The Real ‘Mann Ki Baat’: Passing A Land Bill That’s Designed For Corporate Loot?

Posted on April 9, 2015 in Politics

By Abhishek Jha:

In the BJP’s National Executive Meeting last weekend, the Land Bill kept the party members occupied. This follows a damage control Mann Ki Baat with farmers on 22nd March. After being drubbed in the Delhi elections and with reports suggesting differences within the party regarding the bill, the party leadership did need to boost the morale of its members. Accusing the opposition of spreading myths, the party now seeks to train 15 lakh members to reach out to the public and build a pro-poor, pro-farmer image.

Photo Credit
Photo Credit

Mann Ki Baat: The Cloak and Dagger in the Land Bill
But here’s the caveat. Is the party working for farmers and the poor or does it only seek to portray itself as such? A major amendment to the 2013 act (Right to Fair Compensation and Transparency in Land Acquisition, Rehabilitation and Resettlement Act, 2013) is the exemption of five categories of land usage from Social Impact Assessment, which include – “industrial corridors”, “projects vital to national security or defence of India” (which can include defence production), “infrastructure and social infrastructure projects including projects under public private partnership where the ownership of land continues to vest with the Government“, etc.

Modi argued in his radio broadcast that these projects – since they were to be used by the people and were in the interest of the nation- need not face any bureaucratic hurdles. While this broadcast was to dispel myth and propaganda, this trivialisation of Social Impact Assessment as a harmful bureaucratic procedure seems to be a step in the direction of myth-making in itself.

So what does SIA do? Broadly speaking it determines whether “the potential benefits outweigh the social costs and adverse social impacts” and whether “the project serves any public purpose“. If a defence project, a corridor, or infrastructure is to benefit the people, the assessment is unlikely to hinder the project. By doing away with it, however, there will exist no check whatsoever on the government. This would imply that if the government is to favour “a private entity” in a manner that does not serve public good and causes more harm than good, the government can nevertheless go ahead with it. This is a clear indicator that the 2015 Land Bill favours corporate loot. The “private entity” can effectively grab the land of farmers and the poor if only it does a project under the aforementioned categories, irrespective of any amount of social harm that happens. The “bureaucratic procedure” that the prime minister wants to short circuit here exists to prevent this from happening.

Instead the new bill sets up bureaucratic hurdles for the farmer. Sure – as the prime minster reiterated in his broadcast – the farmer can sue a public servant for failing in his duty. But the new bill proposes that this can be done only in accordance with section 197 of the Code of Criminal Procedure, which requires the sanction of the government before the crime can even be taken cognizance of by the court. If the government itself is to favour (as is evident from it bypassing SIA) the corporate honcho, why will it allow the court to even take cognizance of the crime?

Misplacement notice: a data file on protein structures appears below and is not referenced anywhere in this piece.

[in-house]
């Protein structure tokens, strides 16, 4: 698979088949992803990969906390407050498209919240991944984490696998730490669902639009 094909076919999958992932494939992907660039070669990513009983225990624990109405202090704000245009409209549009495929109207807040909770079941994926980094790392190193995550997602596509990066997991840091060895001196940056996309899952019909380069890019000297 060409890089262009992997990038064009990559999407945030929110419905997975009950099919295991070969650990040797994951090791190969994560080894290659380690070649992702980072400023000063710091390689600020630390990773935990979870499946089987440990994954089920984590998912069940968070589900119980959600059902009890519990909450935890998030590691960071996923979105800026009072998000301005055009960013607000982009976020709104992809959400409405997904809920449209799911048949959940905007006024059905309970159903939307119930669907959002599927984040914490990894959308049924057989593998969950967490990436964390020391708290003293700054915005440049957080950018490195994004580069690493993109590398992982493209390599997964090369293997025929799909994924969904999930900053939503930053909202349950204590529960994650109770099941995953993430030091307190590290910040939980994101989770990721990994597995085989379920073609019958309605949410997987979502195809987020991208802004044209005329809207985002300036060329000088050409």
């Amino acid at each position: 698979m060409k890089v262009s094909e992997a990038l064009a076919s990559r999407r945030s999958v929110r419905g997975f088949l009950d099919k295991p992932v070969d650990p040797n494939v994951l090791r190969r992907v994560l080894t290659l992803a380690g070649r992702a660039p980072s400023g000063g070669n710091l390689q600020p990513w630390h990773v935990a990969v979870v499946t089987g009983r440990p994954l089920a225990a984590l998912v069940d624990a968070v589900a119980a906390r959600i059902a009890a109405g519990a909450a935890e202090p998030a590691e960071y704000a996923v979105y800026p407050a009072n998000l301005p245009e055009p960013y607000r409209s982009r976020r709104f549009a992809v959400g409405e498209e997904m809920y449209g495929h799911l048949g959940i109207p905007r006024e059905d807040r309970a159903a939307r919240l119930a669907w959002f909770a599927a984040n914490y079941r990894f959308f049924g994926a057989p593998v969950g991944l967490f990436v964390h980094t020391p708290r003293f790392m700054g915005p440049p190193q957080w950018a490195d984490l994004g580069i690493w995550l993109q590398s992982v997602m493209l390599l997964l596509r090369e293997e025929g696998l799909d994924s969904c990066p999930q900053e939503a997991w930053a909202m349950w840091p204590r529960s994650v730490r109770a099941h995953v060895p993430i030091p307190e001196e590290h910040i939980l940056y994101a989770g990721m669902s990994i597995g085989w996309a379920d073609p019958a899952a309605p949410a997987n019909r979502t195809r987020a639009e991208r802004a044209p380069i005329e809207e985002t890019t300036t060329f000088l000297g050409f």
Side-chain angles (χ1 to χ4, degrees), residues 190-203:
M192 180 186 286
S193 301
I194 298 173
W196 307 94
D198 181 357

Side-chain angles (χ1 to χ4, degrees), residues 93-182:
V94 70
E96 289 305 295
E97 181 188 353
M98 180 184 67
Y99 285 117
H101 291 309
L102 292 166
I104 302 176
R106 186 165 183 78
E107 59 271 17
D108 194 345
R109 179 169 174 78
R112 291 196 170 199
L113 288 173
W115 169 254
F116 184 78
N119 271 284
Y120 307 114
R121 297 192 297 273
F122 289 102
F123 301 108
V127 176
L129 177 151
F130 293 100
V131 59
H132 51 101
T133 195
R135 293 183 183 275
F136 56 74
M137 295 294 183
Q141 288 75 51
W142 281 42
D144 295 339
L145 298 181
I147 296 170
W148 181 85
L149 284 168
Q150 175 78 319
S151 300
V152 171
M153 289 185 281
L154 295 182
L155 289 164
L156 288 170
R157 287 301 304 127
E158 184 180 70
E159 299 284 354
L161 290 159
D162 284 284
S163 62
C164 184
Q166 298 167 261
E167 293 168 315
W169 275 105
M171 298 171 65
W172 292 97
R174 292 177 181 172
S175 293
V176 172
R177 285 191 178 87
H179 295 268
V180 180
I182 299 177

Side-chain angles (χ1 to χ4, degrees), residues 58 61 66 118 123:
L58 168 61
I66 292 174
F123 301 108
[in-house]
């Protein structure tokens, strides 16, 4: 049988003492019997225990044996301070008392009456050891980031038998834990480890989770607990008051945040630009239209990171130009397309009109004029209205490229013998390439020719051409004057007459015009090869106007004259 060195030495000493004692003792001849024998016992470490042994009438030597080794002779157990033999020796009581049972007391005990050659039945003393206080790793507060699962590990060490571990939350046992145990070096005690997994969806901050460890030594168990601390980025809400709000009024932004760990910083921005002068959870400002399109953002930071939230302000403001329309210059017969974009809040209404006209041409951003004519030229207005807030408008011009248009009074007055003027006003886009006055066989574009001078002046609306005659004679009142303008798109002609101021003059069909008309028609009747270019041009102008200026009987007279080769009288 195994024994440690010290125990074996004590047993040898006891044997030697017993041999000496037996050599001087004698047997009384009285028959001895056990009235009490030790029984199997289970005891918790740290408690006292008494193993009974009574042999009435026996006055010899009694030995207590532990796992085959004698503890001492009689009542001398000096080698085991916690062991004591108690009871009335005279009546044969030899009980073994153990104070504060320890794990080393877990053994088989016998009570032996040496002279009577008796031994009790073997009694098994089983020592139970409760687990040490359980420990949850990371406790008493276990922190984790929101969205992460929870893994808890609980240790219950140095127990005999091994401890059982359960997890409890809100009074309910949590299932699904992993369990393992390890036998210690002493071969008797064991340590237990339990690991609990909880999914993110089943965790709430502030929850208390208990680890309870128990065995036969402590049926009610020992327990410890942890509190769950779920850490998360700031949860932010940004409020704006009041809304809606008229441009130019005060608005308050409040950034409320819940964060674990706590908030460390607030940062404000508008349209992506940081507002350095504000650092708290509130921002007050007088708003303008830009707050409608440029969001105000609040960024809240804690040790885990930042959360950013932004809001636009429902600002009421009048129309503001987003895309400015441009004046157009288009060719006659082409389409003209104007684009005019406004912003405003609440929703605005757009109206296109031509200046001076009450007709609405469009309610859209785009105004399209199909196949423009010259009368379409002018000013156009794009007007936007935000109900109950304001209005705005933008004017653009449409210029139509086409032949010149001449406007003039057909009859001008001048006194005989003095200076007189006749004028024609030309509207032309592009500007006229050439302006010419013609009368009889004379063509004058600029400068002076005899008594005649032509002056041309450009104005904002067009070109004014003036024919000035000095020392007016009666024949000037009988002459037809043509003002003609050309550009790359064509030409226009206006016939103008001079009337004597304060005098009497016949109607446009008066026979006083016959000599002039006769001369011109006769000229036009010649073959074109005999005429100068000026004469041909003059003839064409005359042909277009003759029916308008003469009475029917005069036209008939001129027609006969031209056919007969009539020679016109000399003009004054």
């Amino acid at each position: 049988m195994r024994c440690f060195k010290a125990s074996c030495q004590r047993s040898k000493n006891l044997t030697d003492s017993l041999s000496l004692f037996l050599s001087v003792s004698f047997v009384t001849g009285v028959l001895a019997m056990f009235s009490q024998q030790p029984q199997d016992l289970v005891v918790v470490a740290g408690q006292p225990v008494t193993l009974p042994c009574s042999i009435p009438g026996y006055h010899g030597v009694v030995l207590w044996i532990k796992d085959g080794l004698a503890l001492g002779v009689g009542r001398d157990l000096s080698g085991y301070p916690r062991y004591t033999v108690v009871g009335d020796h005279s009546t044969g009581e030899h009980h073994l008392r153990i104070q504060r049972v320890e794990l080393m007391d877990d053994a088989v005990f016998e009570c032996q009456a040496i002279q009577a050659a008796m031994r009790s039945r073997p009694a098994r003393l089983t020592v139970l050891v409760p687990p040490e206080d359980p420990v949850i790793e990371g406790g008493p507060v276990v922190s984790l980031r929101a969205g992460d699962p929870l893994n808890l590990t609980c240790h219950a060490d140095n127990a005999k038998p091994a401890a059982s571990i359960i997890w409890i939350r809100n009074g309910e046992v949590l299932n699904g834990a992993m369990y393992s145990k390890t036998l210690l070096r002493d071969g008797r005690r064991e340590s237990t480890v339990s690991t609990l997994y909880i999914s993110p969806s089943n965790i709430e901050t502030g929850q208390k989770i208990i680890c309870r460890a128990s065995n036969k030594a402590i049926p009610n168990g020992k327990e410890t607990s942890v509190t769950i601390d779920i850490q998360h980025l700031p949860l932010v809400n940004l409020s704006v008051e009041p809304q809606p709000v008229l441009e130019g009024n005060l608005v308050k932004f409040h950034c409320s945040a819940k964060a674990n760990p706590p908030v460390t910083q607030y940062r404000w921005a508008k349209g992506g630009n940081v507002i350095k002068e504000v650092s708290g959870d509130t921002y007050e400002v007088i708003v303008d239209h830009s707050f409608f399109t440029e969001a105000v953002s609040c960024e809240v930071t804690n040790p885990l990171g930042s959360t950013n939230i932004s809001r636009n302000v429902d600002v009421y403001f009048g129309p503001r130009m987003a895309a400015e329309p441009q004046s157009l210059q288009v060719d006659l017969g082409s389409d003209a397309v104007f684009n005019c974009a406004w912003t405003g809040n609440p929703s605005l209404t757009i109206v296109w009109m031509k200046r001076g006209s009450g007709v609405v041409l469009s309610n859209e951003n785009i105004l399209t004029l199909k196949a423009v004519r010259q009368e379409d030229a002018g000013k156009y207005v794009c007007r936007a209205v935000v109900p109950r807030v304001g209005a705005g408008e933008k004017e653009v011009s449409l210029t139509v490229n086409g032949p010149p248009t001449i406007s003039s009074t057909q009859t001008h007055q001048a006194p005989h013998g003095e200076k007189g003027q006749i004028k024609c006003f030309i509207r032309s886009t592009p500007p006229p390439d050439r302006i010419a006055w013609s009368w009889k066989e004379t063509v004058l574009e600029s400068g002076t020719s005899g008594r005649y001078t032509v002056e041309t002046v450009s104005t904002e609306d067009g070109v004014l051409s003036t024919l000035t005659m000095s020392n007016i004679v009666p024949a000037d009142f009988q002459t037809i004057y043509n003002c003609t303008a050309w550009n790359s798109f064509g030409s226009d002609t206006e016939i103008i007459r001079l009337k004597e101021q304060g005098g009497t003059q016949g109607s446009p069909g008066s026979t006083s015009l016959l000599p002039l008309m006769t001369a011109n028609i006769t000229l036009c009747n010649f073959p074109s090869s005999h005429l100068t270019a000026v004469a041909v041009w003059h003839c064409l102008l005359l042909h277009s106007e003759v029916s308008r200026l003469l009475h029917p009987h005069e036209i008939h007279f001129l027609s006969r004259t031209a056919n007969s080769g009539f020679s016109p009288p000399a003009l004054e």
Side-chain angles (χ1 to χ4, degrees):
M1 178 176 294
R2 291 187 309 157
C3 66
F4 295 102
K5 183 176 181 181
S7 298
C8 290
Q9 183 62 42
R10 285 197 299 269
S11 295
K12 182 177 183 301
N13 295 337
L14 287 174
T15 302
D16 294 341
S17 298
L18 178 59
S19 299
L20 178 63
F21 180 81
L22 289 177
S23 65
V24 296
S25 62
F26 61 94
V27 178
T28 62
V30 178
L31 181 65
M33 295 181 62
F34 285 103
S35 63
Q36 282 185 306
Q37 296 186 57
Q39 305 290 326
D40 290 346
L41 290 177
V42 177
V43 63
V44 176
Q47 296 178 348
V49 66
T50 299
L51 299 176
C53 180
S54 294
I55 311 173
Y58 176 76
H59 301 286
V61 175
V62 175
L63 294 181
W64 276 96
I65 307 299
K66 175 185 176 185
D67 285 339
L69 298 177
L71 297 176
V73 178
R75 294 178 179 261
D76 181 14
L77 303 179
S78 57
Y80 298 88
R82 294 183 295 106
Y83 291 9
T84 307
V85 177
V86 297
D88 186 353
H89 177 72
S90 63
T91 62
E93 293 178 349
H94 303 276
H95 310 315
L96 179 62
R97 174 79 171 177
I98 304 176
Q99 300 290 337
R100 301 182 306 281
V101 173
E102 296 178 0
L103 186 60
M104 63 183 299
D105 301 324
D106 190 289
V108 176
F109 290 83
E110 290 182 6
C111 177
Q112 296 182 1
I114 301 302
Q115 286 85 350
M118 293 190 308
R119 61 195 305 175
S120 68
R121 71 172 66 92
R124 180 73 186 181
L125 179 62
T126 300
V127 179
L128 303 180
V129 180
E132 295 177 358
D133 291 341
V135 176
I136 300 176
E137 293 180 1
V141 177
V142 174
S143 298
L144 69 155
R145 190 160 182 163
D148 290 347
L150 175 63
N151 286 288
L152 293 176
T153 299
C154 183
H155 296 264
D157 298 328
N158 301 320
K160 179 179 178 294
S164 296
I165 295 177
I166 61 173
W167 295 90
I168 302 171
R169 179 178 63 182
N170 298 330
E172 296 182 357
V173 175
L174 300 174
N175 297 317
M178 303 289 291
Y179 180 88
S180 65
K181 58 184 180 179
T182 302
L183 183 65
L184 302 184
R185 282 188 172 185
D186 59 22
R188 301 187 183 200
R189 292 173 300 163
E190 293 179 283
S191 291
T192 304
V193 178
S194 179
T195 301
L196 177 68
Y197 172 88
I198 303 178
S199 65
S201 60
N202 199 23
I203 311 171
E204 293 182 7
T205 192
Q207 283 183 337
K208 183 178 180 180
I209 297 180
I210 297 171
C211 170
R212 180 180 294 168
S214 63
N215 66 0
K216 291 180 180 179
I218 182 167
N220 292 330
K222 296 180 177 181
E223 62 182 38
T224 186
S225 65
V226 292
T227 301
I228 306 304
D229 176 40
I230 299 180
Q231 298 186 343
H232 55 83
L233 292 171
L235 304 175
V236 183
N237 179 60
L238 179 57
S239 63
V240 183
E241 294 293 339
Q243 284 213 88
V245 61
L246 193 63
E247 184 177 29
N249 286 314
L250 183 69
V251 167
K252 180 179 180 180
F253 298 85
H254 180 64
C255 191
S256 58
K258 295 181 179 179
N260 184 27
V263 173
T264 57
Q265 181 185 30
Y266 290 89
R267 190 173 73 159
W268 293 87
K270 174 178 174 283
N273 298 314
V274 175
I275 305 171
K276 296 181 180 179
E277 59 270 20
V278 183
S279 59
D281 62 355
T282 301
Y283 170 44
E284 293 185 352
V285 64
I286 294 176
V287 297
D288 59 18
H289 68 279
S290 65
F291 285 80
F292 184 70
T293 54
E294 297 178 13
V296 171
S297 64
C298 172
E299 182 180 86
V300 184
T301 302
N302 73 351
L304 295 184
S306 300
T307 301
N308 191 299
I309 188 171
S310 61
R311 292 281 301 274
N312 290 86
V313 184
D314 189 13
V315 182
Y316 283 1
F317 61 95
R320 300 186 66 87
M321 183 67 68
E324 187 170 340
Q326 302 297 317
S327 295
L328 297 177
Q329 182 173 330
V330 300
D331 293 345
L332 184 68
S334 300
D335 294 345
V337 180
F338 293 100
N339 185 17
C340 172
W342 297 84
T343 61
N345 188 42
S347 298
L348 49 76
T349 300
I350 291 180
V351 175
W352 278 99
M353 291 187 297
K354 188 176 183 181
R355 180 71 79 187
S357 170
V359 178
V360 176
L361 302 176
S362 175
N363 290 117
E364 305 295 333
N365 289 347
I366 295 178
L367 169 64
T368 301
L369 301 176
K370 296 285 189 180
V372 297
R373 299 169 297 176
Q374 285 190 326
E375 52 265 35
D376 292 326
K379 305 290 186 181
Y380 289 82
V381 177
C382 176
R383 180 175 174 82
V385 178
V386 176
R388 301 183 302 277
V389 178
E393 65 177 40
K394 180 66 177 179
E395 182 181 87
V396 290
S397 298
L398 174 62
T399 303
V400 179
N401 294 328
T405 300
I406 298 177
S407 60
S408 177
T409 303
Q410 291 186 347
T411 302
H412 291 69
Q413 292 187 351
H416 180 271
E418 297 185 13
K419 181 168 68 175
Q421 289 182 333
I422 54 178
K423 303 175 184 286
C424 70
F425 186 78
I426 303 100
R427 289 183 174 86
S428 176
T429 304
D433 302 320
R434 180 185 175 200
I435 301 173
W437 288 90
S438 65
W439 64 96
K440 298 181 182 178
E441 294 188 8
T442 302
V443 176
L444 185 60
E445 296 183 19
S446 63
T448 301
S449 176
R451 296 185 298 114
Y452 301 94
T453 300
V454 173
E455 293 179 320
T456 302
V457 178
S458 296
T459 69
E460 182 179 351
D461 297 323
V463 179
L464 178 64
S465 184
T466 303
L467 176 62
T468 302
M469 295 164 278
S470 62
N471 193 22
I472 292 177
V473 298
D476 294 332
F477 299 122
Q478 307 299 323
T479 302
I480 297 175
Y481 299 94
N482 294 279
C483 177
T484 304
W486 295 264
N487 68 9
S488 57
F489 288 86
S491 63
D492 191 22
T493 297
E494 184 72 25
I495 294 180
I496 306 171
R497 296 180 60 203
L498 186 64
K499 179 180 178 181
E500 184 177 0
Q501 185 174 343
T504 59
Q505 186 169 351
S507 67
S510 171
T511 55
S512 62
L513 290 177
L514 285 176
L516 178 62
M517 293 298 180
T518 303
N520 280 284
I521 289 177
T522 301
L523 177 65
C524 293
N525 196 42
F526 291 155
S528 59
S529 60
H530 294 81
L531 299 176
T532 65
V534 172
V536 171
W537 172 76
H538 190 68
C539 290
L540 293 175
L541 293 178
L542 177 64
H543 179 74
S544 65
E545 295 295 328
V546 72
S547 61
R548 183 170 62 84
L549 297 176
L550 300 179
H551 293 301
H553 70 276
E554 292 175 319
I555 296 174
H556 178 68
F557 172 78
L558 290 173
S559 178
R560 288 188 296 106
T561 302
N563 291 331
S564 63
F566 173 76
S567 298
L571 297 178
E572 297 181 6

In the Name of ‘National Interest’:
However, it is not surprising to see a government favour corporates who fund their elections and their coffers. Even with the previous act, they found a way to make a mockery of compensation by giving as low as Rs 2 to compensate rain-hit farmers. The Congress has paid the price of its rudderless, corrupt handling of power. BJP though seems to outdo its predecessor in its machinations, in the sense that it really has found the tool to exploit the poor without the poor being able to protest. When the Honourable Prime Minister invokes “Jai Jawan, Jai Kisan” after a lot of emotional rhetoric and asks the gullible poor to prove his patriotism by sacrificing land for the development and security of the nation, he does not even need a law to force them into submission. There is a deeper hidden injunction here. The imagined guilt of being against the nation’s interest, of being a traitor, of being a Pakistani works better than any amount of mollycoddling. The BJP seems to have figured this out, for everywhere the government is questioned- from the parliament to television debates to its own executive meeting- it invokes “national interest”.

Manufacturing Consent
What this “national interest” is remains unclear though, for although the BJP accuses the Congress of having drafted the act in a haste, it itself passed it as an ordinance when the parliament was not in session, and has re-promulgated it after getting the Rajya Sabha (where owing to not enjoying the majority as it does in the LS, the bill won’t be able to get through) prorogued. The termination of the RS session shows that the BJP is clearly trying to stifle democracy itself. The parliament represents the people’s voices. After subverting it, is BJP now trying to build an image that the poor are in agreement with the bill?

Thus the image building exercise and perception campaign that the BJP decided on in its national executive meeting is so dangerous in its ingenuity, that it can very nearly be commended for it. One is almost tempted to say that the BJP may not be a bad party after all. They are ready to sink deep in the abyss of moral trepidation for the sake of this God like idea of development. As long as development can be invoked, anything and everything seems justifiable. When consent is finally manufactured, we sure will have hearts of steel. Five stars to you, Mr. Prime Minister.